While it hardly seems academically acceptable, maybe the best way to describe the current economic environment at home and around the world is to label it ‘weird’.
There are inverted yield curves everywhere, negative interest rates in Europe (i.e., banks are paying companies and individuals to take out loans), housing demand remains soft, automotive sales have plateaued, the manufacturing sector is in retreat (see point (2) below), a trade/tariff war remains ongoing between America and China, and yet major U.S. stock market indices are within striking distance of their all-time highs.
The following ‘nuggets’ will help shed a little light on what is truly going on.
(1) America’s Construction Scene has Shifted to Mega Projects
ConstructConnect has calculated the total value of construction starts to date this year to be just over half a trillion dollars ($516.2 billion). Compared with the same January-to-August period of last year, the dollar volume is -3.3%.
What’s most interesting, however, is how the five major sub-categories of the grand total have performed. There have been year-to-date declines in residential (-12.1%), commercial (-11.7%) and institutional (-5.9%). Almost compensating on the plus side have been industrial (+68.1%) and heavy engineering/civil (+5.7%). The industrial and engineering strength has been inordinately centered in ultra large projects.
Ultra large, or ‘mega’, projects are usually considered to involve capital spending of $1 billion or more each. The record of mega project initiations in 2019 has been remarkable. In the first eight months of 2018, there were groundbreakings on 13 mega projects with a combined value of $35.4 billion. From January through August of this current year, there have been start-ups on 24 mega projects with a sum of $92.5 billion. The mega project total so far in 2019 has been more than two-and-a-half times as great as in 2018.
Industrial ‘mega’ project work has included some new production-line facilities, but it is tending more towards energy projects, such as oil refineries, LNG plants and ethane crackers.
Engineering mega projects have been sprouting in the fields of rapid transit, electric power and railroad construction, with more such work to come.
(2) U.S. Construction is Still Recovering
It may come as a shock, but there’s a sense in which U.S. construction is still recovering from the recession. At first glance, Graph 1 looks terrific for the industry. Employment has done nothing but shoot up since January 2011 and the unemployment rate of ‘hard hat’ workers is as low as it ever becomes.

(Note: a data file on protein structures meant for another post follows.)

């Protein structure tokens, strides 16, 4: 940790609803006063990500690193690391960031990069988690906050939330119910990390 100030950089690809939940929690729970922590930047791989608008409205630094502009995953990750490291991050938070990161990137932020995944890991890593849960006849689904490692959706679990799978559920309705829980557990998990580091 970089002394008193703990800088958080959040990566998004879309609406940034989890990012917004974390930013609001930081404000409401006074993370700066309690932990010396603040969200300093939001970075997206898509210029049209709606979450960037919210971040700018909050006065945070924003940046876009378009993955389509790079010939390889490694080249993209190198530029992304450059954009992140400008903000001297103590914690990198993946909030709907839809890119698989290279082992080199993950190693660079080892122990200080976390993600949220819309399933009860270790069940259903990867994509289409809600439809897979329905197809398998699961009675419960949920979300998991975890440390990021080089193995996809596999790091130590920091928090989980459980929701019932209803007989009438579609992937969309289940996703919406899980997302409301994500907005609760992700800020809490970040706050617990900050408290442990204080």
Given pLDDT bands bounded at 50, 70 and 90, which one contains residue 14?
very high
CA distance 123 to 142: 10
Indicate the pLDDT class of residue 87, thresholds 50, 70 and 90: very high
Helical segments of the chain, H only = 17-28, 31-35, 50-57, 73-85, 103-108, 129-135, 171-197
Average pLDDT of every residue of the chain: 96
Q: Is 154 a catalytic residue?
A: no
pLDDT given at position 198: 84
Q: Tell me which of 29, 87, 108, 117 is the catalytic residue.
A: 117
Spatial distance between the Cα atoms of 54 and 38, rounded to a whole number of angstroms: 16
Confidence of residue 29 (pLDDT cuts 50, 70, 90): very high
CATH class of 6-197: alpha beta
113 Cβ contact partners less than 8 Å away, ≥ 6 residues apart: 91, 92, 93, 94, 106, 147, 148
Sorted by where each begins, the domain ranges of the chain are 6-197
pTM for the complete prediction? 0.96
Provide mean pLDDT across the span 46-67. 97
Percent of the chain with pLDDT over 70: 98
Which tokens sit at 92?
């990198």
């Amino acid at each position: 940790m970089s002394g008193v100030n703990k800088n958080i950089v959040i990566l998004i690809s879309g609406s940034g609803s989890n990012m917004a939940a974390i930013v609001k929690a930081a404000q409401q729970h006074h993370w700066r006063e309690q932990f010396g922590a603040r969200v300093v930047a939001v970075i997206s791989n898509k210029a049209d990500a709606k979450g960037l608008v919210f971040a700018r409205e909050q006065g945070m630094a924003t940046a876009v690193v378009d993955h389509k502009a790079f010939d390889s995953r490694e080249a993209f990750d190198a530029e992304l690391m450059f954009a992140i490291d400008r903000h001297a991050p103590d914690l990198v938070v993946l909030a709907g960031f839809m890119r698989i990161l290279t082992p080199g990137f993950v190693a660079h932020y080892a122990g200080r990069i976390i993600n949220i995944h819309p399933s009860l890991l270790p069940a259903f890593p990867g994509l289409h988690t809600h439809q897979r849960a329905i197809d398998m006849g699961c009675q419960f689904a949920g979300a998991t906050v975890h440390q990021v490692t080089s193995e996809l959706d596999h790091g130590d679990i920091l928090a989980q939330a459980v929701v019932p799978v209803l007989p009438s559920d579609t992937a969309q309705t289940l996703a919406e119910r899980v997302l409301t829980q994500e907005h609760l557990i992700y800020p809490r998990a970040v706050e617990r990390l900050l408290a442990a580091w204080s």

It’s odd, though, that the total number of jobs in construction still isn’t as high as it was in 2005-2006. In January 2006, a boom in housing starts took the number of residential groundbreakings to 2.3 million units (annualized). Since then, the best figure that’s been achieved is 1.3 million units, on several occasions in 2017 and 2018. July 2019’s result was 1.2 million units.
The jobs count in nonresidential building construction is now about even with its previous summit from before the recession. In engineering construction, it’s 10% higher, but in residential, it still has a lot of catching up to do (-15%).
Graph 1: U.S. Construction Employment (SA) & Unemployment Rate (NSA)
Data source:Bureau of Labor Statistics/Chart: ConstructConnect.
(3) Surprising Explanation for Wage Differentials, ‘All Jobs’ vs Construction
U.S. construction employment has not been typical of ‘all jobs’ employment. As of this August, the total jobs count in the U.S. economy was +16% compared with its trough level in early 2010 and +10% relative to its previous peak amount in early 2008 (see Graph 2).
Construction jobs have been in recovery. The ‘all jobs’ level, by way of contrast, has moved well beyond recovery into expansion. Perhaps this helps explain why construction wages, despite the severe shortages of available skilled manpower that are being reported in the industry, have not been outstripping ‘all jobs’ compensation performances.
On a year-over-year basis in August, U.S. ‘all jobs’ earnings gains were +3.5% hourly and +2.9% weekly, whereas construction workers had to make do with +2.5% both hourly and weekly.
Graph 2: U.S. Total Employment – Level
(Based on seasonally adjusted data)
(4) U.S. Manufacturing’s Doldrums
For the first time in a long while, the Purchasing Managers’ Index (PMI) of the Institute for Supply Management (ISM) fell below 50% in its latest reading, meaning that while the economy is still expanding, manufacturing activity is in contraction. This should be no surprise, given the sorry state of capacity utilization rates in the sector.
Graph 3 shows July 2019 capacity utilization rates for total industry, total manufacturing and several key sub-sectors of manufacturing, as estimated by the Federal Reserve. Both total industry and total manufacturing are currently operating at less than 80% of capacity. History has shown that firms won’t normally begin to consider expanding their production capabilities (i.e., their physical footprints or square footage) until their operations are at 80% of capacity or higher.